Today’s episode of Sounds of Cinema focused on possession films. The first half of the show surveyed the Exorcist film series and the second half considered some other demonic possession pictures. Here is the commentary from the show as well as a few additional titles.
1983’s Evil Dead was a very modest production but it birthed one of the horror genre’s most popular franchises. The original movie is about a group of friends who visit a cabin in the woods, read from the Necronomicon, and are besieged by demons. Evil Dead II was a soft reboot of its predecessor but done better. The third film, Army of Darkness, was a much more mainstream mix of fantasy, adventure, and comedy. The story continued on television with Ash vs. Evil Dead which ran for three seasons. A remake of the original Evil Dead was released in 2013 and a new incarnation, Evil Dead Rise, was released in 2023.
Night of the Demons
Quite reminiscent of Evil Dead was 1988’s Night of the Demons which also mixed a haunted house premise with demonic possession. A group of teenagers throw a Halloween party at an abandoned funeral parlor and an evil force begins taking over their bodies one by one. It’s a fun piece of 1980s body horror with a lighter tone and an emphasis on the makeup effects. Two sequels followed. A remake of Night of the Demons was released in 2009 and it was one of the better entries in the trend of horror remakes from that time. 2009’s Night of the Demons had a fun punk rock soundtrack album reminiscent of 1985’s Return of the Living Dead.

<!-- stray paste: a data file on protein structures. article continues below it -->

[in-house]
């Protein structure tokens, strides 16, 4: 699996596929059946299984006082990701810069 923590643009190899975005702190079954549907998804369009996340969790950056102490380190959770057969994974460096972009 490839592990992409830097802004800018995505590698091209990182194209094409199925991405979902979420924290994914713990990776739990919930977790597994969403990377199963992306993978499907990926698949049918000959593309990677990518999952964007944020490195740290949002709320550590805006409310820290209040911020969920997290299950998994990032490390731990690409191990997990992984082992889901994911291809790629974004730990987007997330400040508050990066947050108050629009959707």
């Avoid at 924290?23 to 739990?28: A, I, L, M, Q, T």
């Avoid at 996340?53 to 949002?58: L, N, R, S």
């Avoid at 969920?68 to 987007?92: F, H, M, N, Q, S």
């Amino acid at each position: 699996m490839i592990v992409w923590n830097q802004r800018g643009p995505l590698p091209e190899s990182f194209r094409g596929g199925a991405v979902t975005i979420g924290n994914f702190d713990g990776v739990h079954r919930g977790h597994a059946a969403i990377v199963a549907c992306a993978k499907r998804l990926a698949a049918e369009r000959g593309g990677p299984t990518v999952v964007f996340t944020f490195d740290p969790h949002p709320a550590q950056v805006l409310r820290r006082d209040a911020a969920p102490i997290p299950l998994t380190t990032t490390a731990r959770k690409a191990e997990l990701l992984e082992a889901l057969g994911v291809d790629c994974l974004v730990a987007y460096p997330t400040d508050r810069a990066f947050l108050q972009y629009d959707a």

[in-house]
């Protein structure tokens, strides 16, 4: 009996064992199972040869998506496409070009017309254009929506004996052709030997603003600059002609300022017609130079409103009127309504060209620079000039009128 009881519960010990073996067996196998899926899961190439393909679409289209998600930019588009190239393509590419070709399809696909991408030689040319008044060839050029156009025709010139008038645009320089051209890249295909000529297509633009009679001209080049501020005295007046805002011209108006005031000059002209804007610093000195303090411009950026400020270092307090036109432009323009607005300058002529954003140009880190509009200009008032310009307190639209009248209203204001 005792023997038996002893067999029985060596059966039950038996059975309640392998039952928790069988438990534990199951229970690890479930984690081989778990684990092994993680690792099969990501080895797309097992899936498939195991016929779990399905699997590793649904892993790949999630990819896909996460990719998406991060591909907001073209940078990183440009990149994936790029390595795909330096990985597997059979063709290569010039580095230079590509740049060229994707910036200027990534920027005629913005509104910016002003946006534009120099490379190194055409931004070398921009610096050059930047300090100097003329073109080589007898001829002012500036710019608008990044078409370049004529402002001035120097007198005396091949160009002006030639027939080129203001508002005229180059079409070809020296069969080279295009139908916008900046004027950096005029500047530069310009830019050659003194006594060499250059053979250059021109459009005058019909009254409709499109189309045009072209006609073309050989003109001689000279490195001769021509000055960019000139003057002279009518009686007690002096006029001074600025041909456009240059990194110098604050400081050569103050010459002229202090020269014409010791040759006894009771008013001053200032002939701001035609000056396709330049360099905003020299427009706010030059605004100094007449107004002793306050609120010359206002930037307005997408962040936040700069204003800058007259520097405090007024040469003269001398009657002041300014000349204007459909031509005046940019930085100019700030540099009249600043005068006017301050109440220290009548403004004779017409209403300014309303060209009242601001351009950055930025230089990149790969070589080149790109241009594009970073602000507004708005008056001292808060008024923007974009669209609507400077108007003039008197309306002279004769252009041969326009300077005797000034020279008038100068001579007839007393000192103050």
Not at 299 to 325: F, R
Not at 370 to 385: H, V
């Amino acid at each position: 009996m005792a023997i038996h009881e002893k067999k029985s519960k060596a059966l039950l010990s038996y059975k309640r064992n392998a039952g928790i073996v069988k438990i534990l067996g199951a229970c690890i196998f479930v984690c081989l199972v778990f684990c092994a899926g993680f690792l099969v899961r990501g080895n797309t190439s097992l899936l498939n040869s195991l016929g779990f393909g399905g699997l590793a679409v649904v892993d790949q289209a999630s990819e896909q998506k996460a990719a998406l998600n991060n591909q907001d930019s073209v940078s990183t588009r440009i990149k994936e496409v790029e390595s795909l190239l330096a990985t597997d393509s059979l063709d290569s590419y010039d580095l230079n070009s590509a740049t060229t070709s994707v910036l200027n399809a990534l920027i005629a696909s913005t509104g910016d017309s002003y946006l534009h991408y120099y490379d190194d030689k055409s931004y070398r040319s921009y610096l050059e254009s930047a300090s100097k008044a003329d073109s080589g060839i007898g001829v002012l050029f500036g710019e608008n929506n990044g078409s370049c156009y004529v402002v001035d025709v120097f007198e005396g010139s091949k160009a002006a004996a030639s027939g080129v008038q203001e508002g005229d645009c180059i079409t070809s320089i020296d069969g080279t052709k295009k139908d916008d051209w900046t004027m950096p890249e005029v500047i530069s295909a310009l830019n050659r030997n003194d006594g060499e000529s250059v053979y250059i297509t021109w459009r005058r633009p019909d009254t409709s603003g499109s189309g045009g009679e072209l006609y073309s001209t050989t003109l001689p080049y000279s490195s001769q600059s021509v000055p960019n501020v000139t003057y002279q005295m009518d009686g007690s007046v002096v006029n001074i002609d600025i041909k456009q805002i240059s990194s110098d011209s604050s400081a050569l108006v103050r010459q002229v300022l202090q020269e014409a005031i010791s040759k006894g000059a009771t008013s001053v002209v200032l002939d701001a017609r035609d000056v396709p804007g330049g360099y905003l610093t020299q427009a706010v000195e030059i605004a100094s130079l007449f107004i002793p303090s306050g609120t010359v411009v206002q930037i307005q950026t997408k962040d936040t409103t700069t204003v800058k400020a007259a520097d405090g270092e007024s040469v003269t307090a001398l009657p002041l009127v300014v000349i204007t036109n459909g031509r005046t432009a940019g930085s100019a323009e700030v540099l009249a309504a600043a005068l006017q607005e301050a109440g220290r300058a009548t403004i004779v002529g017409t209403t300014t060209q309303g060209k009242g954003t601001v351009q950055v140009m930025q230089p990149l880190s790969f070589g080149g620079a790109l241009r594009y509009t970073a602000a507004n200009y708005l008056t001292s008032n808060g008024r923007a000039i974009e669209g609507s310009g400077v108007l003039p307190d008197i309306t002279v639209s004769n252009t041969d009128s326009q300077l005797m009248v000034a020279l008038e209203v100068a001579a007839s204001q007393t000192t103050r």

The Pope’s Exorcist
Real life priest Father Gabriele Amorth, an exorcist for the Diocese of Rome and one of the founders of the International Association of Exorcists, had achieved some fame in recent years before his death in 2016. The Pope’s Exorcist gave Amorth the Hollywood treatment and turned him into a superhero fighting the forces evil. Despite Russell Crowe’s performance, which is kooky and fun, The Pope’s Exorcist is not very good. It is frequently unintentionally funny much more so than it is scary.
1971’s The Devils was directed by Ken Russell and adapted from the book The Devils of Loudun by Aldous Huxley. The film dramatizes a real-life case of mass possession among a group of nuns at a convent in seventeenth century France. As depicted in the book and the movie, the possession was most likely a case of psychological mass hysteria that was capitalized upon by unscrupulous political actors who used the panic for their own ends. The Devils was a controversial film and it was drastically cut for its theatrical and home video releases. Warner Bros., despite being the studio behind The Exorcist, A Clockwork Orange, and Natural Born Killers, has refused to widely distribute The Devils. After a VHS and laserdisc release in the 1990s The Devils has remained virtually unavailable although it shows up on streaming services from time to time. The movie has been praised by filmmakers such as Guillermo del Toro who has called for The Devils to be released.
Demons & Demons 2